"Sharing can be a way of healing. Grief and loss can isolate,
anger even alienate. Shared with others, emotions unite
as we see we aren't alone. We realize others weep with us."
~Susan Wittig Albert

Through our writing, we walk out of the darkness into the light
together, one small step at a time, recording history, educating
America, and we are healing.
~CJ/Todd Dierdorff

Monday, December 27, 2010

The Tablecloth

I don't know if this is true or not true, but it's a great story, none the less.
Merry Christmas and Happy New Year, my friends. May God bless you and help you achieve everything you want in the coming year.
Craig Latham

The Tablecloth
Submitted by Pastor Rob Reid

Understand that things happen for a reason. The brand new pastor and his wife, newly assigned to their first ministry, were to reopen a church in suburban Brooklyn. They arrived in early October, very excited about their wonderful opportunities. When they saw their church, it was very run down and needed much work. They set a goal to have everything finished in time to have their first service there on Christmas Eve.

They worked hard, repairing pews, plastering walls, painting and staining, etc., and on December 18, they were ahead of schedule and just about finished. On December 19, a terrible tempest -- a driving rainstorm -- hit the area and lasted for two days.

On the 21st, the pastor went over to the church. His heart sank when he saw that the roof had leaked, causing a large area of plaster about 20 feet by 8 feet to fall off the front wall of the sanctuary just behind the pulpit, beginning about head high. The pastor cleaned up the mess on the floor, and not knowing what else to do but postpone the Christmas Eve service, headed home.

On the way home, he noticed that a local business was having a flea market type sale for charity, so he stopped in. One of the items he saw was a beautiful, handmade, ivory colored, crocheted tablecloth with exquisite work, fine colors and a Cross embroidered right in the center. It was just the perfect size to cover the hole in the front wall. He bought it and headed back to the church.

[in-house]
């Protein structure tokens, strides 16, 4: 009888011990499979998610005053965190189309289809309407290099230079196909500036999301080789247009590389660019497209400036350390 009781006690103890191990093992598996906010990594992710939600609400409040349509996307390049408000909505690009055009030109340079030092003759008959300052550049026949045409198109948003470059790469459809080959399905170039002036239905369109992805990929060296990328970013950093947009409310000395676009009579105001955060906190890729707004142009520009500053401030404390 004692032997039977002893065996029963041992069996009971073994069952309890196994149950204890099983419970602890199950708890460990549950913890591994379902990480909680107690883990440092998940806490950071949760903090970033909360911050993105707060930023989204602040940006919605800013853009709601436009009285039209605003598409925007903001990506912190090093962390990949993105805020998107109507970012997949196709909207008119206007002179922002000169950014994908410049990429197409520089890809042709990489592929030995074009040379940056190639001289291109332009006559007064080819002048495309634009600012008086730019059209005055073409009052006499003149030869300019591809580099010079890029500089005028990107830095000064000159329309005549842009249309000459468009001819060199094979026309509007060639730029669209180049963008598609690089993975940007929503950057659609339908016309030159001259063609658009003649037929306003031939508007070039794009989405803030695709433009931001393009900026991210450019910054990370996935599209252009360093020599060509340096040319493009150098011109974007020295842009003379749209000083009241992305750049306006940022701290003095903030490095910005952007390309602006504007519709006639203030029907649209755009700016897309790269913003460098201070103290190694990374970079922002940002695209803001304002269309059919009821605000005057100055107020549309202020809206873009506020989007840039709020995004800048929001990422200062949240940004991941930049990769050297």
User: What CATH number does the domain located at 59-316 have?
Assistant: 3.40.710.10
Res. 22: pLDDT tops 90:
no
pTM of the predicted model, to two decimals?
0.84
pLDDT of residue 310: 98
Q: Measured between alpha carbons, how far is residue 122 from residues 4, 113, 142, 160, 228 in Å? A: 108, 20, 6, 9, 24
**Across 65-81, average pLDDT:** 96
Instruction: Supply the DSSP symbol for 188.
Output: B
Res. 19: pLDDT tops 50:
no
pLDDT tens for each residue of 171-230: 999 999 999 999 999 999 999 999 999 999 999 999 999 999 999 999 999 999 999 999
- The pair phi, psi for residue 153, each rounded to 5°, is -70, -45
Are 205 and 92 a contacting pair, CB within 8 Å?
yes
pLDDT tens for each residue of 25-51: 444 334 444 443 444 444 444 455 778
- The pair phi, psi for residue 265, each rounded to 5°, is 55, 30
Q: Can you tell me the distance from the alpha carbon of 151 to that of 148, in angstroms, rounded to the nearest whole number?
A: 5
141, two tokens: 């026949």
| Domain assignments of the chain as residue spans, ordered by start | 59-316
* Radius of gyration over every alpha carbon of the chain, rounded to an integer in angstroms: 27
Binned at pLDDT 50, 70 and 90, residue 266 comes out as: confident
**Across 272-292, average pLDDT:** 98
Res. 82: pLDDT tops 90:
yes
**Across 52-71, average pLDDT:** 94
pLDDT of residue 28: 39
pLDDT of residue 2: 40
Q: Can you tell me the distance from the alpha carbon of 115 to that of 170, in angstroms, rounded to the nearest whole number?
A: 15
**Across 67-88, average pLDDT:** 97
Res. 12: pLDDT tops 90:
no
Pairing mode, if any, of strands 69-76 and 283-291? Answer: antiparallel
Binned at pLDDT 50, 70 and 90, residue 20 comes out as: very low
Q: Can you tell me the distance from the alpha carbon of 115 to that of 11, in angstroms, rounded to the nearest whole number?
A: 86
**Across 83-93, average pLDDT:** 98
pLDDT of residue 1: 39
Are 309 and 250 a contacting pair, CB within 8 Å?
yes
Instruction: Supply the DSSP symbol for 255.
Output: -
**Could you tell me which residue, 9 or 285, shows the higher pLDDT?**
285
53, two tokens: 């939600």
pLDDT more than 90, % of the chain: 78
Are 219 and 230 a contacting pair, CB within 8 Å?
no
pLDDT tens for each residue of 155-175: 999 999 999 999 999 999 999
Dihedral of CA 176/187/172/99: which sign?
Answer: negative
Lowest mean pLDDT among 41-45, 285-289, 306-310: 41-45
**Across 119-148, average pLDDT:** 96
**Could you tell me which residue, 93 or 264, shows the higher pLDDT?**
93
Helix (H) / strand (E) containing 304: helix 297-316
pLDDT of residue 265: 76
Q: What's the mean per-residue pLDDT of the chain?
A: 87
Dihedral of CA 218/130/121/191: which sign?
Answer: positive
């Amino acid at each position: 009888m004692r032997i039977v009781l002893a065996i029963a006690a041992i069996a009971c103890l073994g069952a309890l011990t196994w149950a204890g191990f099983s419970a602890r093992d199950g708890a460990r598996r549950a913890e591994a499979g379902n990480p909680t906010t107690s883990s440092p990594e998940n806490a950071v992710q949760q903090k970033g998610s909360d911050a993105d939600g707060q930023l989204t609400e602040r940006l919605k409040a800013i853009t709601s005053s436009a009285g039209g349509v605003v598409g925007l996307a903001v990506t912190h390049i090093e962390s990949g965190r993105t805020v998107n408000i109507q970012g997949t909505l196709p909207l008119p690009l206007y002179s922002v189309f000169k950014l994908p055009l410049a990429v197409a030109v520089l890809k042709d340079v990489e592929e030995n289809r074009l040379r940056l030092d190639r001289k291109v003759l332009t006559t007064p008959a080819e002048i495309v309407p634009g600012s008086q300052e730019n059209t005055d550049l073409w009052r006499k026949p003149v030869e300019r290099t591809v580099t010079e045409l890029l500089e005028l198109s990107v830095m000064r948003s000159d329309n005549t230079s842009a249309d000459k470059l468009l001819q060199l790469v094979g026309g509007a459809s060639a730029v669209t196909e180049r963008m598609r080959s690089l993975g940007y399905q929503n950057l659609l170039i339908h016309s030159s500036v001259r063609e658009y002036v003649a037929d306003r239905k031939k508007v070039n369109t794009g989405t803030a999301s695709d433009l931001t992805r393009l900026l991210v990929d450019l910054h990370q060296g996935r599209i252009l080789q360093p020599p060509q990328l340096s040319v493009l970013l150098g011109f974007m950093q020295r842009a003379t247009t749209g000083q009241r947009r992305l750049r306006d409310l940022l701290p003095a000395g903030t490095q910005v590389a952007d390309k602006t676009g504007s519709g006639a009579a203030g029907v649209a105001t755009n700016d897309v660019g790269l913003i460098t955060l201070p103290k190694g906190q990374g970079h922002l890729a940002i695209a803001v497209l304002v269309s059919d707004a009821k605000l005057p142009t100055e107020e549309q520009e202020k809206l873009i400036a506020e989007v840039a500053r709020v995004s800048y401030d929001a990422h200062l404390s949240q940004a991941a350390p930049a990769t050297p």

By this time, it had started to snow heavily. An elderly woman running from the opposite direction was obviously trying to catch a bus, but she missed it. The pastor invited her to wait in the warm church for the next bus, which was 45 minutes later. She sat in a pew quietly and paid no attention as the pastor got a ladder, hangers, etc., to hang the tablecloth as a wall tapestry. The pastor could hardly believe his good fortune. How beautiful it looked and it covered up the entire problem area perfectly!

Then he noticed the elderly woman walking down the center aisle. Her face was as white as a sheet. "Pastor," she asked hisitantly, "where did you get that tablecloth?"

The pastor explained how he had found the tablecloth at a flea market. The woman asked him to check the lower right corner to see if the initials, EBG were crocheted into it there. They were. These were her own initials, she explained. Then she told him she had made this tablecloth 35 years before, in Austria.

The woman could hardly believe it as she listened to the pastor explain how he had gotten the tablecloth. The woman said that before the war she and her husband had been well-to-do people in Austria. When the Nazis came, she was forced to leave. Her husband was going to follow her the next week, but he had been captured, sent to prison and she never saw him or her home again.

After hearing her story, the pastor wanted to return the tablecloth to her, but she wouldn't hear of it. She asked the pastor to please keep it for the church. The pastor then insisted on driving her home. He felt that was the least he could do. She lived on the other side of Staten Island and had only been in Brooklyn for the day for a housecleaning job.

What a wonderful service they had on Christmas Eve! The church had been nearly full. The music and the Christmas spirit were great. At the end of the service, the pastor and his wife greeted everyone at the door as they left and many said they would return.

One older man, whom the pastor recognized from the neighborhood, continued to sit in one of the pews and stare at the front wall of the sanctuary. The pastor couldn't help wondering why he wasn't leaving. Maybe there was something wrong.

When the pastor approached him, the man asked him where he had gotten the tablecloth up on the front wall. He told the pastor it was identical to one that his beloved wife had made years ago when they lived in Austria, just before the war. Then he asked, "How could there possibly be two tablecloths so much alike?"

The older gentleman told the pastor how the Nazis had come and forced his wife to flee for her safety and how he had planned to follow her, but he had been arrested and put in prison. He never saw his wife or his home again in all the 35 years between then and now. The pastor asked him if he could take him for a little ride.

The man agreed and they drove to Staten Island to the same building where the pastor had taken the woman three days earlier. When they arrived, he helped the man climb the three flights of stairs to the woman's apartment, knocked, and when the door opened, he saw the greatest Christmas reunion he could have ever imagined.

“I am only one, but I am one. I can't do everything, but I can do something. The something I ought to do, I can do. And by the grace of God, I will.” ~Everett Hale

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